Virginia, Utah and South Dakota have declared pornography a public health crisis. And notable figures in Hollywood, including former Playboy model Pamela Anderson and actors Terry Crews and Russell Brand, have spoken out against the dangers of pornography, a big business that generates $10 billion to $12 billion in the United States alone, according to NBC News. But the commonly held belief is that pornography is a harmless and even beneficial pastime.

Author Matt Fradd separates the myths from the facts about porn, drawing on the experience of porn performers and users, and the expertise of neurologists, sociologists and psychologists, to demonstrate that pornography is destructive to individuals, relationships and society in his new book, THE PORN MYTH: Exposing the Reality Behind the Fantasy of Pornography.

Fradd provides insightful (and nonreligious) arguments, supported by the latest scientific research, to discredit the fanciful claims used to defend and promote pornography in THE PORN MYTH. He explains the neurological reasons porn is addictive, helps individuals learn how to be free of porn and offers real help to the parents and the spouses of porn users. Backed by recent research on pornography’s harmful effects on the brain, Fradd is part of the growing wave of passionate individuals trying to change the pro-porn cultural norm by inspiring others to pursue real love and to avoid its hollow counterfeit.

All of the royalties from THE PORN MYTH will go to help Children of the Immaculate Heart, a non-profit corporation operating in San Diego, California, whose mission is to serve survivors of human trafficking.

For more information, to request a review copy, or to schedule an interview with Matt Fradd, please contact Kevin Wandra (404-788-1276 or of Carmel Communications.

Full story at Christian Newswire.

How pornography harms people – and what to do about it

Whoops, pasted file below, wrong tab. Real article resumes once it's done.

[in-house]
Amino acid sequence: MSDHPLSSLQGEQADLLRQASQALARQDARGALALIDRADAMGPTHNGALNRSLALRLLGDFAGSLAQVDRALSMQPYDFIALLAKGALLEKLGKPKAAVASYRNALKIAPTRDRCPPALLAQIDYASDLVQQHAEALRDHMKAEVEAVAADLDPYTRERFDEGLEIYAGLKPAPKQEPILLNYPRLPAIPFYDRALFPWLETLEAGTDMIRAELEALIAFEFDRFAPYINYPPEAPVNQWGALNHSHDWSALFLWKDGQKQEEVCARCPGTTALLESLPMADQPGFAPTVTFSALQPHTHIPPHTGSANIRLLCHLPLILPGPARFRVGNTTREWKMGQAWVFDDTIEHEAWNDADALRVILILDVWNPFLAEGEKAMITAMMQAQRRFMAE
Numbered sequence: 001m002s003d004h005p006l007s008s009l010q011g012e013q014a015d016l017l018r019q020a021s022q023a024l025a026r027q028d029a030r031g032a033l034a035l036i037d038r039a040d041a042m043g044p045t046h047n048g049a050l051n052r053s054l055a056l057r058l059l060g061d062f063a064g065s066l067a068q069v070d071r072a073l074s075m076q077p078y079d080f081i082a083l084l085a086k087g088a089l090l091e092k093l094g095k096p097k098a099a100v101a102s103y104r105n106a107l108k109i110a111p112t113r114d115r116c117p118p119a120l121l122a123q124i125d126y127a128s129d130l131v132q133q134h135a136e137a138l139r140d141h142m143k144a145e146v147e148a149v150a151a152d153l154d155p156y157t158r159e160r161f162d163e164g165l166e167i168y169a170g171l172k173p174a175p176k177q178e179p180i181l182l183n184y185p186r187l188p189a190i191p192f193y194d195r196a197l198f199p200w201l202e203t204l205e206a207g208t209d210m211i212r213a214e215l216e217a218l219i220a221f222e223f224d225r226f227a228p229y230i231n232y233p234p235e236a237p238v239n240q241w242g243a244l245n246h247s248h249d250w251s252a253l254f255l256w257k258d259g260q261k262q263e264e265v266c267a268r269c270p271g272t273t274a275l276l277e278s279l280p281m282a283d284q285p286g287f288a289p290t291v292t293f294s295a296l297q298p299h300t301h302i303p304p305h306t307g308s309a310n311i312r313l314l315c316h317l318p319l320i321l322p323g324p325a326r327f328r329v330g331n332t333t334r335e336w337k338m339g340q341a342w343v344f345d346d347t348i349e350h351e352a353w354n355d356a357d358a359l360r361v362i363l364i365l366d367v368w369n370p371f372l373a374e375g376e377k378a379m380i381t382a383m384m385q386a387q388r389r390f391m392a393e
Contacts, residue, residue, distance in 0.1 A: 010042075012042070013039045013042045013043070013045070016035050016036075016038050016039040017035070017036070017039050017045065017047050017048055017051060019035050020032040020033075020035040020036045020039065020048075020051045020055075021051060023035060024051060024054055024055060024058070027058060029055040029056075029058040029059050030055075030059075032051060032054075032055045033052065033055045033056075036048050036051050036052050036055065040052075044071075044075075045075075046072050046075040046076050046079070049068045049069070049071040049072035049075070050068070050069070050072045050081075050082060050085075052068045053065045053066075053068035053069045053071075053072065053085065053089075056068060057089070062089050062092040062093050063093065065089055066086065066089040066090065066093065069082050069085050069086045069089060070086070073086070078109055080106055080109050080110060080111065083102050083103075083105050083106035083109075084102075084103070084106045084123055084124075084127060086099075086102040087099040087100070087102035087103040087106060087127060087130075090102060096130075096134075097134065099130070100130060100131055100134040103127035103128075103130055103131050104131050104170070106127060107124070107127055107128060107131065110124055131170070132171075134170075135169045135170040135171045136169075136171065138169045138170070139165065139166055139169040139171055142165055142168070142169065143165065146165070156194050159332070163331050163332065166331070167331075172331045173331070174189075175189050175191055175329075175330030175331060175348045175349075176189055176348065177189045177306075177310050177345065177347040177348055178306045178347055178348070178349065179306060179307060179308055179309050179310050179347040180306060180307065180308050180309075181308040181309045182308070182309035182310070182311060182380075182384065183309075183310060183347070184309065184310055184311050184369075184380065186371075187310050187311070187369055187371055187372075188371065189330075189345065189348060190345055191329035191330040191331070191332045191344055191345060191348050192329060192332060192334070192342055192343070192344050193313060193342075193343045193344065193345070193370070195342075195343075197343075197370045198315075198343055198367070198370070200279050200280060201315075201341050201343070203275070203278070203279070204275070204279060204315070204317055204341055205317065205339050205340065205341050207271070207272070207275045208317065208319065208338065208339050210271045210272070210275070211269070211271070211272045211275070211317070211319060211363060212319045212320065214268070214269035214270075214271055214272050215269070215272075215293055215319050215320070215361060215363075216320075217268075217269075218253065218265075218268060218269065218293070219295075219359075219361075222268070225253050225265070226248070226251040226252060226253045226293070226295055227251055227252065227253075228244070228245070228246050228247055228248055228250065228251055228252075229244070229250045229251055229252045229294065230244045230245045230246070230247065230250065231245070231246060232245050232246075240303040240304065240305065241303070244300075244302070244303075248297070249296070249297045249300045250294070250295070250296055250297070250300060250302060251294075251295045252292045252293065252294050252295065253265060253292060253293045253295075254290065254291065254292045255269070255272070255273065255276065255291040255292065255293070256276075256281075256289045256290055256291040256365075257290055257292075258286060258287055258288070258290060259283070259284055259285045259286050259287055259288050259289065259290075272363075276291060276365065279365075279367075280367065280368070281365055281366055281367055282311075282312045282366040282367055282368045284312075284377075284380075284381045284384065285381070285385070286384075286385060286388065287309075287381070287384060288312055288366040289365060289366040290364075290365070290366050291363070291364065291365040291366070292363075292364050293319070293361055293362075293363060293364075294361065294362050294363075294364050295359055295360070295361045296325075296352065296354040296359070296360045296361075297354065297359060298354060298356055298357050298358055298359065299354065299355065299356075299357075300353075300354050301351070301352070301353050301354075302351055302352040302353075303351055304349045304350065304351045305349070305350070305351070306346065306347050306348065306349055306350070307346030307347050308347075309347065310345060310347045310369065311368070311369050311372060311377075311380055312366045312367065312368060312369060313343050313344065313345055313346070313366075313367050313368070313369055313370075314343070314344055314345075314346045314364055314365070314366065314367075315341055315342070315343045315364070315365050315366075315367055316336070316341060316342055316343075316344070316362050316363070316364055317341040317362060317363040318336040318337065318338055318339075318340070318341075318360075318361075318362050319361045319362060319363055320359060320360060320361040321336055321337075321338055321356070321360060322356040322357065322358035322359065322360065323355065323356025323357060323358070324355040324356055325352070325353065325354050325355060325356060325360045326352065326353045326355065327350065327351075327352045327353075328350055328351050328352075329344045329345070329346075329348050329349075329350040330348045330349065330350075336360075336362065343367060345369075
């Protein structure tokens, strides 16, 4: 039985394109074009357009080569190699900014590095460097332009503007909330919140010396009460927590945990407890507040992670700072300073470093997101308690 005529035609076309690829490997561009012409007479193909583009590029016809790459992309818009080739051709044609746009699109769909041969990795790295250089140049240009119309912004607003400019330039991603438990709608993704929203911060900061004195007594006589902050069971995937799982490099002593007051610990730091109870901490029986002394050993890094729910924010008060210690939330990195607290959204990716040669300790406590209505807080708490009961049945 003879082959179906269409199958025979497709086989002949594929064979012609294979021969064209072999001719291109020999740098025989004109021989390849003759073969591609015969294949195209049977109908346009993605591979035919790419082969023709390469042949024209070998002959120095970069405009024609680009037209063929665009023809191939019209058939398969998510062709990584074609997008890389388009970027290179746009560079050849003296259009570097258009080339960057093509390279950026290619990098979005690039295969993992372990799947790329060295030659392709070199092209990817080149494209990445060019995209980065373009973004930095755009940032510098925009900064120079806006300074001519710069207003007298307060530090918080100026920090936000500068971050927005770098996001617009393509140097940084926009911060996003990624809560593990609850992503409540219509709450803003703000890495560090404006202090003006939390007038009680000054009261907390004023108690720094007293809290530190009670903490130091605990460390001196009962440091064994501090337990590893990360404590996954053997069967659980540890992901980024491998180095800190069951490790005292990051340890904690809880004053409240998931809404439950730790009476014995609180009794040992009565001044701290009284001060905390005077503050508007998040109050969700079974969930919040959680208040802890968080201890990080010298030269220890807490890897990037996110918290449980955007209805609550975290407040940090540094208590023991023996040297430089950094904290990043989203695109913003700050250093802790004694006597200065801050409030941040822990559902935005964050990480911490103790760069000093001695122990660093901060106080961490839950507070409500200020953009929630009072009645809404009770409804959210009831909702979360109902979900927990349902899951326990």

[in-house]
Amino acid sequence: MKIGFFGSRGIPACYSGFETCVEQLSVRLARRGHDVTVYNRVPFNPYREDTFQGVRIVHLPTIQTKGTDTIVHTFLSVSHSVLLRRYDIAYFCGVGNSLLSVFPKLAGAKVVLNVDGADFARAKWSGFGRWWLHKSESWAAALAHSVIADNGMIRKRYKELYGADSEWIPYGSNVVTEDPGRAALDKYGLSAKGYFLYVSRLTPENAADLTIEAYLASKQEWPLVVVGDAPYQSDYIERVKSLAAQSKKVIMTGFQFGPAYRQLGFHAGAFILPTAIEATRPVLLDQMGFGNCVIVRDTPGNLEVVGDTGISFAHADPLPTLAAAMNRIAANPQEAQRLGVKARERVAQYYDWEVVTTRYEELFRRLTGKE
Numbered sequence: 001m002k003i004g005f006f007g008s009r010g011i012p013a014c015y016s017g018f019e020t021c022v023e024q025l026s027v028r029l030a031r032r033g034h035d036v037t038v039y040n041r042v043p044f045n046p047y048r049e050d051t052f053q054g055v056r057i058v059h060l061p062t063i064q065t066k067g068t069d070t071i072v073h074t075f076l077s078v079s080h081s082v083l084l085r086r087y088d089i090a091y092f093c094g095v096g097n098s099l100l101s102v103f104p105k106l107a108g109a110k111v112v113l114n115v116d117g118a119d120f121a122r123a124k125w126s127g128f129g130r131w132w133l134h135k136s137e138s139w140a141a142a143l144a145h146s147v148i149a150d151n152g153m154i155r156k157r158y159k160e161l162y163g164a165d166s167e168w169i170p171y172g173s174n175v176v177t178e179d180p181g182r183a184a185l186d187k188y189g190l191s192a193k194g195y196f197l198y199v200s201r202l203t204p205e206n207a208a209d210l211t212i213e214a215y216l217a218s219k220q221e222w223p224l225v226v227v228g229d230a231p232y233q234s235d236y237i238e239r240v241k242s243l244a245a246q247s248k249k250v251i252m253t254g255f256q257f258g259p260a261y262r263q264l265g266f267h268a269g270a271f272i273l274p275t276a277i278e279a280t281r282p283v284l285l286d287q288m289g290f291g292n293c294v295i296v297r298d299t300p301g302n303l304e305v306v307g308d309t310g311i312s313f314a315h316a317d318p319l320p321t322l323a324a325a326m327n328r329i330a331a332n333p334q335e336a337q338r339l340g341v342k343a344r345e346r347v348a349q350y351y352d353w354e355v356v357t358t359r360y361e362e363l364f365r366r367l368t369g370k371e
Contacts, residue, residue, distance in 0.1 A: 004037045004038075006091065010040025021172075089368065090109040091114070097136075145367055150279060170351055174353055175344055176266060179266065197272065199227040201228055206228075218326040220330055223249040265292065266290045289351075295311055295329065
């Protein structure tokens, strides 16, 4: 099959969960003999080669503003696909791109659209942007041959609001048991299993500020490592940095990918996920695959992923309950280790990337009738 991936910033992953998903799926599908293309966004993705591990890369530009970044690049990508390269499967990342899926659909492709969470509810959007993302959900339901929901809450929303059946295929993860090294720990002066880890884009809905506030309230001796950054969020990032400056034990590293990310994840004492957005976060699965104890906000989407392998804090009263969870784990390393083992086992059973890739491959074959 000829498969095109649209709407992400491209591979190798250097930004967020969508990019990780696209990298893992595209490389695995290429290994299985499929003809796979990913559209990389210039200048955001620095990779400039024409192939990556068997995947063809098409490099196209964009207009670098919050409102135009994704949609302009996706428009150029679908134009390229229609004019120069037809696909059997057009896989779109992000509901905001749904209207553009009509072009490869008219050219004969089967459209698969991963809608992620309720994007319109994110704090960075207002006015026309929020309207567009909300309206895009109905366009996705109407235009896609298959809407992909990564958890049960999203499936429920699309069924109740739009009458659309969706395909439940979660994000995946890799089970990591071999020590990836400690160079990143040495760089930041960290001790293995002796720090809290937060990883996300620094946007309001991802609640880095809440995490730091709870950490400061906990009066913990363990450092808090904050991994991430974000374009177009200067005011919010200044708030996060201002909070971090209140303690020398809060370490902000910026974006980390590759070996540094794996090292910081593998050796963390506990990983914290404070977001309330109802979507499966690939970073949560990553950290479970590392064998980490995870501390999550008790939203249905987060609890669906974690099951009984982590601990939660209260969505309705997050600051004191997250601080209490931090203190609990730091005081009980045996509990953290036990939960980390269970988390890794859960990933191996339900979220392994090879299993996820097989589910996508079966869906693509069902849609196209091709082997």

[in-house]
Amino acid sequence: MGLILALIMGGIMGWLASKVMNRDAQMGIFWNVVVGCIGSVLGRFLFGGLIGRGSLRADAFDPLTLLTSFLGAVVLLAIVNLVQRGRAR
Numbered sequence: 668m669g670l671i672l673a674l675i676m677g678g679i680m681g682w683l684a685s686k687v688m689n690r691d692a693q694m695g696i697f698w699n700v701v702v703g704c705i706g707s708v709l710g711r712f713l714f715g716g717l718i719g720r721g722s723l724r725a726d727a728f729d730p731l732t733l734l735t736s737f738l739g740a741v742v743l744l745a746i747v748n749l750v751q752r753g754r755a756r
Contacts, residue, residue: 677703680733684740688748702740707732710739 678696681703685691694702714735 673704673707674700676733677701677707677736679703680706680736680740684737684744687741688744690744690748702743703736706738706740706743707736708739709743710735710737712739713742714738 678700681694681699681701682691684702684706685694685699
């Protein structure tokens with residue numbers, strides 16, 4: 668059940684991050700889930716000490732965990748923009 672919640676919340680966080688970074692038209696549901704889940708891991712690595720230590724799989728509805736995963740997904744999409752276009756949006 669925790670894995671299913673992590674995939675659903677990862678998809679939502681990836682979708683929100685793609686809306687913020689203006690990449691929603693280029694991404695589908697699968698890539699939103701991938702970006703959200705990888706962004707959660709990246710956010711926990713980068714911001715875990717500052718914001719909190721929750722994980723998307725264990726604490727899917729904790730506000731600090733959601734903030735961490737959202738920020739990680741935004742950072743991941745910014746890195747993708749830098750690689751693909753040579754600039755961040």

One of the most commonly believed myths is that pornography doesn’t hurt anyone, Fradd said. But Matt Fradd has found that pornography harms people personally, relationally, and societally.

On the personal level, a 2014 study from the Max Planck Institute for Human Development in Berlin found that frequent pornography use in men was associated with decreased brain matter in certain areas of the brain.

Women [who consent to producing pornography, as opposed to those who are forced or coerced] are perpetuating a system that robs women, as a group, of empowerment, Fradd said, such as women who are sex trafficked while participating in the porn industry. By some estimates, two million women and girls are held in sexual slavery at any given time.

It’s part of the reason why Fradd is donating all of the proceeds of The Porn Myth to Children of the Immaculate Heart, a non-profit corporation operating in San Diego, Calif, whose mission is to serve survivors of human trafficking.

Pornography use in marriage is one way that porn harms relationships. According to Fradd’s research, a survey of 350 divorce lawyers reported in 2003 that pornography was at least part of the problem in half of all divorce cases they saw.

Another commonly believed myth is that marriage will solve a porn addiction, which shows a misunderstanding of the psychology of addiction in the first place, Fradd explains.

But pornography can also damage the relationships of a single person looking for love.

A 2011 TED talk by psychologist Philip Zimbardo said that studies showed a “widespread fear of intimacy and social awkwardness among men,” and an inability to engage in face-to-face conversations with women, Fradd wrote.  

“Why? Zimbardo says this is caused by disproportionate Internet use in general and excessive new access to pornography in particular. ‘Boys’ brains are being digitally rewired in a totally new way, for change, novelty, excitement.’”

And Zimbardo is not alone in his observations. As Fradd notes, neuroscientist William Struthers wrote in 2009 that “With repeated sexual acting out in the absence of a partner, a man will be bound and attached to the image and not a person.”

In other words, men can start preferring pixels to people.

“People find themselves viewing more and more disturbing pornography, and the reason for this is because of a decrease in dopamine in the brain, which happens because of the addiction one has, and they end up seeking out more graphic, violent forms of pornography just to boost the dopamine enough to feel normal,” Fradd said.

“People don’t wake up when they’re 30 and decide to look at child porn or feces porn or something disgusting like that. These are big things that people spiral into, and the industry has to keep pushing the envelope because it’s addictive,” he added.

While the statistics of pornography can be disturbing and depressing, Fradd stressed that there was still hope. He devotes several chapters in the book to protecting children from pornography, dealing with pornography in marriage, and getting help for those addicted to pornography.

Fradd himself has spent years in ministry to those with pornography addictions, and helps run the site Integrity Restored, which offers numerous resources to help those struggling with addictions and those in ministry to them.

Full story at Christian Newswire.